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n Tydskrif vir Geesteswetenskappe - Regstudie, die geesteswetenskappe en enkele gedagtes rondom geregtigheid : navorsings- en oorsigartikel : besinning oor die geesteswetenskappe en menslike geestelikheid

Volume 52, Issue 4
  • ISSN : 0041-4751

Abstract

In die artikel besin die outeur oor die verhouding tussen die reg en die geesteswetenskappe in die konteks van die nasleep van apartheid. Sy spreek kommer uit oor die algemene sentiment wat voortspruit uit die ASSAf-verslag en Handves vir die Geestes- en Sosiale wetenskappe, wat 'n eng funksionalistiese, nie-intrinsieke waarde aan hierdie dissiplines toedig. Ulrike Kistner se steun vir ' derde ruimte vir die kritiese geesteswetenskappe wat in die teken staan van Hannah Arendt se omskrywing van vryheid (te onderskei van bevryding) word ondersteun. Tradisionele benaderings tot die reg wat die reg as 'n outonome dissipline beskou, is nie oop vir die moontlike invloed en waarde van die geeswetenskappe vir regstudie en regsopvoeding nie. Die outeur staan egter self krities teenoor die mate waarin sommige regsgeleerdes steun op multidissiplinêre perspektiewe, aangesien hierdie perspektiewe ook 'n eng funksionalistiese benadering tot die geesteswetenskappe volg. Ter afsluiting bespreek sy kortliks voorbeelde van 'n respekvolle omgang met die geesteswetenskappe as deel van 'n besinning oor geregtigheid.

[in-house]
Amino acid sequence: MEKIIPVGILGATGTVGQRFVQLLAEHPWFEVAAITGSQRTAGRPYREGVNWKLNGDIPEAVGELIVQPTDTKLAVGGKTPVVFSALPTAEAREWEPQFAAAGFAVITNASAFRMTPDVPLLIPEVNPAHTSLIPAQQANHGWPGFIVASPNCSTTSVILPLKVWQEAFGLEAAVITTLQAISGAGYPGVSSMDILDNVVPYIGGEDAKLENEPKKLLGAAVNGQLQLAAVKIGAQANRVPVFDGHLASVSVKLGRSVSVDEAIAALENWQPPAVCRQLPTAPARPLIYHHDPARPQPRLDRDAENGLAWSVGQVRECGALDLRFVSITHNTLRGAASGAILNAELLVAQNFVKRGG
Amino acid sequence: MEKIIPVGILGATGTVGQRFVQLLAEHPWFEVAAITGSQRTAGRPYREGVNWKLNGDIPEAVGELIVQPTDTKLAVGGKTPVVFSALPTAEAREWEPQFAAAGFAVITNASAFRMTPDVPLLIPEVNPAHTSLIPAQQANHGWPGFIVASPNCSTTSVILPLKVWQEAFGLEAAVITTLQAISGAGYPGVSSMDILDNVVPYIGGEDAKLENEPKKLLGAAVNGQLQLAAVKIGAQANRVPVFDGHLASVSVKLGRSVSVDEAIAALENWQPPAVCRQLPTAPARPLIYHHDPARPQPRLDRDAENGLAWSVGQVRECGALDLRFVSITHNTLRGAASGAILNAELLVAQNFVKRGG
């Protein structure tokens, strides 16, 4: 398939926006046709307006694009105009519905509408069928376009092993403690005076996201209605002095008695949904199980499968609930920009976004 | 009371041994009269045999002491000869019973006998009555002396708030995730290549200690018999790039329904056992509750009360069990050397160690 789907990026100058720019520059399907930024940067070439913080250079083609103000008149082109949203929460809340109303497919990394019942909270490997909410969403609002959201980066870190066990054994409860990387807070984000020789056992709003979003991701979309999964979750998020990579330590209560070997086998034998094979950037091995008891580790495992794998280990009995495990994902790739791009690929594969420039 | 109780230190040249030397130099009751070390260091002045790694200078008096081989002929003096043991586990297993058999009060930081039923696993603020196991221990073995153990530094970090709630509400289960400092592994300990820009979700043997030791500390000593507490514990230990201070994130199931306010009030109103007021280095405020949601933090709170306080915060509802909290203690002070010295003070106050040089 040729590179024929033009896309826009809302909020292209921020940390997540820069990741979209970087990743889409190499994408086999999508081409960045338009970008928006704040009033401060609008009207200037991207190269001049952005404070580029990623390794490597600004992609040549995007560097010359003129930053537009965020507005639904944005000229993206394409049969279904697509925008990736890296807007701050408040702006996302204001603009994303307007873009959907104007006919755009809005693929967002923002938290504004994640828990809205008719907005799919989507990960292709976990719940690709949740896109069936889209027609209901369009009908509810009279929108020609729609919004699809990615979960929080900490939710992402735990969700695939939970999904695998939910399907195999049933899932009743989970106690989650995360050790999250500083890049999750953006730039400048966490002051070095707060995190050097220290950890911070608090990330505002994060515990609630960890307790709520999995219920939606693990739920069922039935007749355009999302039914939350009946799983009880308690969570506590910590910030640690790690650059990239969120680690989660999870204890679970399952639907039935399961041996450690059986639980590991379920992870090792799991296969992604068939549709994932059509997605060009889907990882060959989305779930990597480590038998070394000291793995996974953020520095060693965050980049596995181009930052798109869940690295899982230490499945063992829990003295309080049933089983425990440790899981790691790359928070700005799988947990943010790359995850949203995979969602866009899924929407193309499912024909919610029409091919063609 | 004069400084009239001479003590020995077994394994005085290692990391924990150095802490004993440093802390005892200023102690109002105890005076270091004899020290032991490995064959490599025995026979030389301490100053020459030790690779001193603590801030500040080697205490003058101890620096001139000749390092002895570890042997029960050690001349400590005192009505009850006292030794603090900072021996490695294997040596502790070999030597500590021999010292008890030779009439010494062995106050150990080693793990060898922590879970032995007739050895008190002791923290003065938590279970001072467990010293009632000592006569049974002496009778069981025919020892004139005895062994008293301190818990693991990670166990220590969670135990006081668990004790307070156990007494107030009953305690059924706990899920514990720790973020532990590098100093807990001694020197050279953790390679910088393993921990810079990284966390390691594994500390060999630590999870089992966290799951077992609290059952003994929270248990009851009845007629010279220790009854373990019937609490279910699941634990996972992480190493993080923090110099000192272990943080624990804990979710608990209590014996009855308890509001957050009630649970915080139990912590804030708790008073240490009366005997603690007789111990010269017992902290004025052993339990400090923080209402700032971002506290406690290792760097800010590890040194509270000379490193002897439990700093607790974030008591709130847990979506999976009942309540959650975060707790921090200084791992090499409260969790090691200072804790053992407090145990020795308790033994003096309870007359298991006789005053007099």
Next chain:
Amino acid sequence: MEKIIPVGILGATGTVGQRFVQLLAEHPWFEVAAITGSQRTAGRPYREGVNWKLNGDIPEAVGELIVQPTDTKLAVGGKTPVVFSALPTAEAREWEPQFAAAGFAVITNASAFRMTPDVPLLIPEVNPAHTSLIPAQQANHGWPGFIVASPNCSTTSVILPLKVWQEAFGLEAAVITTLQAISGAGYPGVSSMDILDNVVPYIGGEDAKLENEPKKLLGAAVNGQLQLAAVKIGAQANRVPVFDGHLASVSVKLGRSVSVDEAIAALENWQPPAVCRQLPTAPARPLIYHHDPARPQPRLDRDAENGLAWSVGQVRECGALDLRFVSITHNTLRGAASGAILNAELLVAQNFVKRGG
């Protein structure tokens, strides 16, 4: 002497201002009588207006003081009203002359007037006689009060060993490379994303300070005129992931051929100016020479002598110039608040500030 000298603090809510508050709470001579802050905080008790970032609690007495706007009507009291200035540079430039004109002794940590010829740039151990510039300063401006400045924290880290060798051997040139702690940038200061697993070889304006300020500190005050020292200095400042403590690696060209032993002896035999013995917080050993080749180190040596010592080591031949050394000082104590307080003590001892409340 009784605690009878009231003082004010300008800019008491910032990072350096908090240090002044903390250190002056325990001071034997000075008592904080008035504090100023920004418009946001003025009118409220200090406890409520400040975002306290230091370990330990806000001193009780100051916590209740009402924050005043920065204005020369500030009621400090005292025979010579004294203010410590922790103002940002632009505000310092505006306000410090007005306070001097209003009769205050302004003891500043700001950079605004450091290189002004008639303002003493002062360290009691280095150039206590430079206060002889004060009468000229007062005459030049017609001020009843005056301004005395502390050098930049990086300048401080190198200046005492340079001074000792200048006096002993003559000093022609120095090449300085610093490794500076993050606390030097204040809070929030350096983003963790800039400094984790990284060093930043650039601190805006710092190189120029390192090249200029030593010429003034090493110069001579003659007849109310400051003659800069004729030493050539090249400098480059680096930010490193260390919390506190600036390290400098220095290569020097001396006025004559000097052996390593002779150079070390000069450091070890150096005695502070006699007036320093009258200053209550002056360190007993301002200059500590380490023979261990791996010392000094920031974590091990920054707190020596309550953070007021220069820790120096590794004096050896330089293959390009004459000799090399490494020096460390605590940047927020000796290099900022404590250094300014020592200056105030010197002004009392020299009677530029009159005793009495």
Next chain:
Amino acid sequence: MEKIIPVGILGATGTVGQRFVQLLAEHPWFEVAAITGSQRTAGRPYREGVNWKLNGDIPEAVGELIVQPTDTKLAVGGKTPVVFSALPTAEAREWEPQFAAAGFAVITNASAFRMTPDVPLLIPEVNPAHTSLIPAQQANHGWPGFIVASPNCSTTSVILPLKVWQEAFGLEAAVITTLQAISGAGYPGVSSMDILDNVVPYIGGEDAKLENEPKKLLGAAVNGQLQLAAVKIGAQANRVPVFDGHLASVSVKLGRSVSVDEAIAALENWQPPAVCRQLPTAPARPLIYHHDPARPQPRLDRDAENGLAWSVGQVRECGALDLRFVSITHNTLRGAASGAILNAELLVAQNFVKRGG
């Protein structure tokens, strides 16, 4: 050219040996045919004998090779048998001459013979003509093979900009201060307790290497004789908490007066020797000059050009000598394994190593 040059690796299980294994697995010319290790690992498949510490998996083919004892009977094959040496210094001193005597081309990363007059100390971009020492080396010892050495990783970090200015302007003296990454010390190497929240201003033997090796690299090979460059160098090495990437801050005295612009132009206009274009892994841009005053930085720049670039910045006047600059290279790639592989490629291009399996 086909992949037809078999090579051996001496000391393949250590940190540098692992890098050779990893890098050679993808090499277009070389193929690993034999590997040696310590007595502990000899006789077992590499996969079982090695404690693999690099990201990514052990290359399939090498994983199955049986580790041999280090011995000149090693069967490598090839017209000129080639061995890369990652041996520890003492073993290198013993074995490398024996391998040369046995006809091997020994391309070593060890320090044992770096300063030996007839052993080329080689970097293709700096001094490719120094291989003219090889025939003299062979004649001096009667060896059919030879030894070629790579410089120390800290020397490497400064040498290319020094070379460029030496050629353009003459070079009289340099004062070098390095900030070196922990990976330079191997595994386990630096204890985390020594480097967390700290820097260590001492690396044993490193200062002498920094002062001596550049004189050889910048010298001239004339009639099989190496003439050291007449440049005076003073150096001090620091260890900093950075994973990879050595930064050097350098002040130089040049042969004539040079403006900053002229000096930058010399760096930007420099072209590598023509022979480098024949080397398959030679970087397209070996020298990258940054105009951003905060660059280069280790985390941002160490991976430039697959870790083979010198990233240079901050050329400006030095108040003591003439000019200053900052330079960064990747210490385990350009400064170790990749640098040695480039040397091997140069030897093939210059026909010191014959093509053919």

In this article the author reflects on the relationship between the law and the humanities in the context of the aftermath of apartheid. She raises some concerns with regard to the general sentiment that emanates from the ASSAf report and the Charter on the Humanities and Social Sciences which would appear to limit the contribution of these disciplines to a narrow functionalism devoid of any intrinsic value. She refers to two articles published recently by South African scholars on the state of both the university and the humanities. The first article laments the university's uncritical embrace of corporatisation, resulting in the concomitant loss of collegiality. The other focuses on how even critical responses to the state's approach towards the humanities fall into the trap of again delimiting the humanities; advocating, instead, a third space, within which the humanities would be enabled to develop a self-conscious critical stance. The author underwrites Ulrike Kistner's support of this third space that is linked to Hannah Arendt's definition of freedom (distinguished from liberation).
Traditional approaches to law which regard the law as an autonomous discipline are not open to the possible influence and value of the humanities for legal scholarship and legal education. The author, however, is also critical of the extent to which some legal scholars rely on multidisciplinary approaches, since these perspectives also follow a narrow functionalist approach to the humanities.

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/content/akgees/52/4/EJC129912
2012-12-01
2019-10-19

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